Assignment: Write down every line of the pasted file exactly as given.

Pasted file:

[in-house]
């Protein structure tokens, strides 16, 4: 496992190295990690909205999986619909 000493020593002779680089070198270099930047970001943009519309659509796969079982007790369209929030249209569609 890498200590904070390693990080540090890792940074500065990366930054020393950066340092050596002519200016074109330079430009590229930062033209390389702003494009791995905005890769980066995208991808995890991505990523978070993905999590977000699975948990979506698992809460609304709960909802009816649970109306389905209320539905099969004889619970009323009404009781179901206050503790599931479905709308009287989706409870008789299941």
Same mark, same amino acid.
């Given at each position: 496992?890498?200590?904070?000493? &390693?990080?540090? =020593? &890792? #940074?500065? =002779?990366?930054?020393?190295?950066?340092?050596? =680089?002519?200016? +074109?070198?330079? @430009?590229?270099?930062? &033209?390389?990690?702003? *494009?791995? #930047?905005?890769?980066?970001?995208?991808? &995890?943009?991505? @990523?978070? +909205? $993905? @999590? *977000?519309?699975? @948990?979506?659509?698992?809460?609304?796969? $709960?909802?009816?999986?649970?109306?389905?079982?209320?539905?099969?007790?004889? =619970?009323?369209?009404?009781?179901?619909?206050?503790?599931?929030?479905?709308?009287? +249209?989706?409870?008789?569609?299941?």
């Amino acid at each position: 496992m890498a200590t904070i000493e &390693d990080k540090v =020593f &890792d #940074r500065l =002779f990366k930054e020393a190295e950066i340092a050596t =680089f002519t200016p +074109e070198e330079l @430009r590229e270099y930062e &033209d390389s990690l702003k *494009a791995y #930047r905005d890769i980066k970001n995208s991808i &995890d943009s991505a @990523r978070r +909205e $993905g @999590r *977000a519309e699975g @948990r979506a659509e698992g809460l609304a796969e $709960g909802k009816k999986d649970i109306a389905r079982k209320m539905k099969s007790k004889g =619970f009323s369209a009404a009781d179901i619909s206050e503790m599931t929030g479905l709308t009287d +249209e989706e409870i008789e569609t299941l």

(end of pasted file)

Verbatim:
[in-house]
């Protein structure tokens, strides 16, 4: 496992190295990690909205999986619909 000493020593002779680089070198270099930047970001943009519309659509796969079982007790369209929030249209569609 890498200590904070390693990080540090890792940074500065990366930054020393950066340092050596002519200016074109330079430009590229930062033209390389702003494009791995905005890769980066995208991808995890991505990523978070993905999590977000699975948990979506698992809460609304709960909802009816649970109306389905209320539905099969004889619970009323009404009781179901206050503790599931479905709308009287989706409870008789299941």
Same mark, same amino acid.
């Given at each position: 496992?890498?200590?904070?000493? &390693?990080?540090? =020593? &890792? #940074?500065? =002779?990366?930054?020393?190295?950066?340092?050596? =680089?002519?200016? +074109?070198?330079? @430009?590229?270099?930062? &033209?390389?990690?702003? *494009?791995? #930047?905005?890769?980066?970001?995208?991808? &995890?943009?991505? @990523?978070? +909205? $993905? @999590? *977000?519309?699975? @948990?979506?659509?698992?809460?609304?796969? $709960?909802?009816?999986?649970?109306?389905?079982?209320?539905?099969?007790?004889? =619970?009323?369209?009404?009781?179901?619909?206050?503790?599931?929030?479905?709308?009287? +249209?989706?409870?008789?569609?299941?």
């Amino acid at each position: 496992m890498a200590t904070i000493e &390693d990080k540090v =020593f &890792d #940074r500065l =002779f990366k930054e020393a190295e950066i340092a050596t =680089f002519t200016p +074109e070198e330079l @430009r590229e270099y930062e &033209d390389s990690l702003k *494009a791995y #930047r905005d890769i980066k970001n995208s991808i &995890d943009s991505a @990523r978070r +909205e $993905g @999590r *977000a519309e699975g @948990r979506a659509e698992g809460l609304a796969e $709960g909802k009816k999986d649970i109306a389905r079982k209320m539905k099969s007790k004889g =619970f009323s369209a009404a009781d179901i619909s206050e503790m599931t929030g479905l709308t009287d +249209e989706e409870i008789e569609t299941l």